Fame is an amazing cultural phenomenon. Not only does it generate all sorts of perks and problems for the famous, but it also causes otherwise sane people to lose track of their senses when they encounter such people. It's nothing new and it won't likely go away anytime soon, but it's nevertheless fascinating.
Since Hollywood is filled with both the famous and the shell-shocked gawkers, it's not surprising that such matters occasionally make their way into the movies. The latest such example is "Win a Date with Tad Hamilton!" A romantic comedy about celebrities, their effect on everyday people, and vice-versa, the film has a modicum of potential that sadly isn't fully realized.
In essence, it's really just an updated Molly Ringwald picture. For those too young to remember the "Brat Pack," she was a famous young actress in the '80s who starred in various films about young love, romance and the like. Two such pictures were "Sixteen Candles" and "Pretty in Pink" where Ringwald played a girl so enamored with the rich hunk that she failed to notice the geek/best friend who obviously had his heart set on and then crushed by her.
Here, Kate Bosworth ("Blue Crush," "Wonderland") plays the Ringwald part, while Topher Grace ("Mona Lisa Smile," "Traffic") inhabits the Anthony Michael Hall & Jon Cryer roles and Josh Duhamel ("TV's "Vegas," "All My Children") follows the likes of Michael Schoeffling and Andrew McCarthy. Although I feel a bit weird saying this, writer Victor Levin (TV's "The Larry Sanders Show," "Mad About You") and director Robert Luketic ("Legally Blonde") don't hold up their end in emulating what writer/director John Hughes fashioned with those earlier efforts.
While they weren't masterpieces, they did contain various genuine moments that got the look, feel and angst of such a "love triangle" down pat. Although the filmmakers try for the same here - and similarly include some sitcom-like supporting characters - much of the effort instead feels artificial and forced.
It doesn't help that it's also quite predictable, a point that probably won't bother less-discerning viewers, but will likely try the patience of those who prefer more sophisticated or at least realistic offerings. Things simply feel askew from the get-go, with any sort of satire or other clever qualities notably being absent.
After the brief and unimaginative introduction of the main characters, the movie star's handlers -- Nathan Lane ("Teacher's Pet," "Nicholas Nickleby") and Sean Hayes ("Pieces of April," TV's "Will & Grace") in wasted roles and inexplicably bearing the same character name - set up the titular contest. Since Ted "Movie Star" Hamilton obviously needs a change in public or at least industry perception, they choose Bosworth's American Pie girl character as their winner, fly her out to Hollywood and let the chips fall where they may.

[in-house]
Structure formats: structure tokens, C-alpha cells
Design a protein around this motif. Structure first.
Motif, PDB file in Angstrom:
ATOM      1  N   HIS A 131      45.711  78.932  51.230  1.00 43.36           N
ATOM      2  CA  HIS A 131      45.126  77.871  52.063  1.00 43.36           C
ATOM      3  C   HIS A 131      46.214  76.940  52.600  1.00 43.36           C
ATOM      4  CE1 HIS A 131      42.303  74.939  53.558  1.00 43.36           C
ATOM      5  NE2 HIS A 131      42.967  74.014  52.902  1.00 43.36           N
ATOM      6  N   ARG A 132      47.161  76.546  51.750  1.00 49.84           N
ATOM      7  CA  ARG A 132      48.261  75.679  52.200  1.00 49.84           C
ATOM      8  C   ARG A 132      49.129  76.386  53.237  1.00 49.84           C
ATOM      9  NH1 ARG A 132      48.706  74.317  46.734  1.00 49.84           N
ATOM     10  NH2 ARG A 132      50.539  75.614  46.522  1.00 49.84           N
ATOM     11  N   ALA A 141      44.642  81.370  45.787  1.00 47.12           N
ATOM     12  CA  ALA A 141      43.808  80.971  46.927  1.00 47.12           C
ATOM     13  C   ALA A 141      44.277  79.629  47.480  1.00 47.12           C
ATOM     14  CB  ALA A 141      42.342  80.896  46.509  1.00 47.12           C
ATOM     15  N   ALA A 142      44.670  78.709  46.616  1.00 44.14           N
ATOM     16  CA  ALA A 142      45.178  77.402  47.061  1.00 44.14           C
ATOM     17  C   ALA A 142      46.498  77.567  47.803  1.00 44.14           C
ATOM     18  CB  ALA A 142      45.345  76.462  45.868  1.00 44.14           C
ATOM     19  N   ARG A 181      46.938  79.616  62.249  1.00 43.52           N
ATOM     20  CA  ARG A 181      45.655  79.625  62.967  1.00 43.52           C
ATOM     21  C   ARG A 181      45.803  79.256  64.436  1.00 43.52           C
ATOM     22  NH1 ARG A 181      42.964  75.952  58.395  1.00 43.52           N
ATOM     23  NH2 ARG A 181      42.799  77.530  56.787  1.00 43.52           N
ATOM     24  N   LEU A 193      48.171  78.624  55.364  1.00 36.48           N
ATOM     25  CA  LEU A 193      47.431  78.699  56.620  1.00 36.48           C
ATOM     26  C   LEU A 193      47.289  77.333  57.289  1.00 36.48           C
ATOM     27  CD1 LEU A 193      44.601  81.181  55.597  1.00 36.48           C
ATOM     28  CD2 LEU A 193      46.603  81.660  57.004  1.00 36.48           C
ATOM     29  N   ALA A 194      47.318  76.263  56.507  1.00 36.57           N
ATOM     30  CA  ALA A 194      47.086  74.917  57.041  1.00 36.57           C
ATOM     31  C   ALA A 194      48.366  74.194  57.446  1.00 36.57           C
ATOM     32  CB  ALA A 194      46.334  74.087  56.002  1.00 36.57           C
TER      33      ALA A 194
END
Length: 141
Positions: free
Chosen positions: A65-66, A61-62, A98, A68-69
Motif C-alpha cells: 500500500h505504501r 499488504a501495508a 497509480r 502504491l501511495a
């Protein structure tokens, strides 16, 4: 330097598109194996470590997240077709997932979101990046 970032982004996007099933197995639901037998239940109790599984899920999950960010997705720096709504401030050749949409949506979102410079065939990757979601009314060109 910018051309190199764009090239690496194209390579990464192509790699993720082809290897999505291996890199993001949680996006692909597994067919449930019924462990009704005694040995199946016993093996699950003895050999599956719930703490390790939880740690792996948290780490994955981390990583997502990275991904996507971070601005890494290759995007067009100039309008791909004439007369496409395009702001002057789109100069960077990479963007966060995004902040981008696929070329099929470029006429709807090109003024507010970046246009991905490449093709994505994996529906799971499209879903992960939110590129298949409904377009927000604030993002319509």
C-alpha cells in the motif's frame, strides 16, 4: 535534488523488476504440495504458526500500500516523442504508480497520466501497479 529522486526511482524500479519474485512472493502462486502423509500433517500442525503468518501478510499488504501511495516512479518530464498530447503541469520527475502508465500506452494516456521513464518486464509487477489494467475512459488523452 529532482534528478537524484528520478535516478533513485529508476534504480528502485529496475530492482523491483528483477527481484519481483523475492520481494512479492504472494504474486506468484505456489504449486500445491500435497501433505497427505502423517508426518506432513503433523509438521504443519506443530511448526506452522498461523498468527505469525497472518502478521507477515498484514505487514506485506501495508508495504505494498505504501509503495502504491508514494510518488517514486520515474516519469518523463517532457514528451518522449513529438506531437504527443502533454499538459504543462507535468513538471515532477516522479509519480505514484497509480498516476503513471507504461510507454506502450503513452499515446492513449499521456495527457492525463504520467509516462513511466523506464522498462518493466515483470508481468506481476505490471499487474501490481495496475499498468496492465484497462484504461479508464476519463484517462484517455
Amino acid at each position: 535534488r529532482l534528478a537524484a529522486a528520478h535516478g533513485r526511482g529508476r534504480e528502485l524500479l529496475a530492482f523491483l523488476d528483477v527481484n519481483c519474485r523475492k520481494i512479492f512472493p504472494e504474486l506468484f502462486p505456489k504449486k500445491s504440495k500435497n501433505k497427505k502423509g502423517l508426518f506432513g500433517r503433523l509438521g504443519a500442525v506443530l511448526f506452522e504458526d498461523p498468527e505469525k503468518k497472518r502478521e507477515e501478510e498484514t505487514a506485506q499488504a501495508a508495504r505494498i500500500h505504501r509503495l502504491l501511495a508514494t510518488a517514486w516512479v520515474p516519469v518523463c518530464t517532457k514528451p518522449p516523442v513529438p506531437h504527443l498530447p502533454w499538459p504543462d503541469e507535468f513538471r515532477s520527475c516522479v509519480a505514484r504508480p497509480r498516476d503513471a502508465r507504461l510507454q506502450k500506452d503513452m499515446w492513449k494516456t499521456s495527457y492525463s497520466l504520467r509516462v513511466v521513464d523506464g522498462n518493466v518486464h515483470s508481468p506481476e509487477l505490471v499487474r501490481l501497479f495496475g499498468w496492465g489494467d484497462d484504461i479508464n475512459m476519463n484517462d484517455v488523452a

That's one of the film's missteps. Since they're trying to manipulate the media's view of their star, you'd think everything would be meticulously choreographed to avoid any unpleasant surprises or developments. Alas, we don't see any of that, thus overlooking a great deal of comedic potential. The two characters occasionally pop up in a few subsequent scenes, but can't do anything for the effort.
All of which places the burden of carrying the film on Bosworth, Duhamel and Grace. While they're all likable and charismatic performers, they simply can't get around the fact that the script is one of the film's weakest links.
The first two get by for a while simply on their radiant and hunky looks respectively, but those alone can only go so far and their character motivations and actions (especially his) got a bit too shaky for my liking. Grace plays the standard-issue, third wheel character with the necessary, frustrated touches, but likewise can't overcome the lackluster and predictable script.
Ginnifer Goodwin ("Mona Lisa Smile," TV's "Ed") and Gary Cole ("I Spy," "Office Space") appear in the remaining supporting character roles and similarly are wasted. Goodwin is reduced to spouting cheap romance novel dialogue, while Cole plays the father character who tries to bring himself up to date on all things Hollywood. Neither running gag works, and I couldn't help myself from waiting for and wanting Cole to do his all-knowing and advice-ridden Mike Brady bit from those "Brady Bunch" movie spoofs.
At least that might have made the film funnier. While there's plenty of romantic longing and the like - albeit nothing of great note - the effort simply isn't terribly amusing, let alone hilarious. I realize it's not designed to be a laugh riot, but so much of the material falls flat when not overlooking the inherent potential.
Although it obviously didn't need to be a brilliant satire on love and all things related to fame, that certainly would have been a better film than what's delivered here. None of which is meant to imply that it's awful. Rather, it's just too flat and has too many missed opportunities to warrant a passing rating. Accordingly, "Win a Date with Tad Hamilton!" scores a 4.5 out of 10.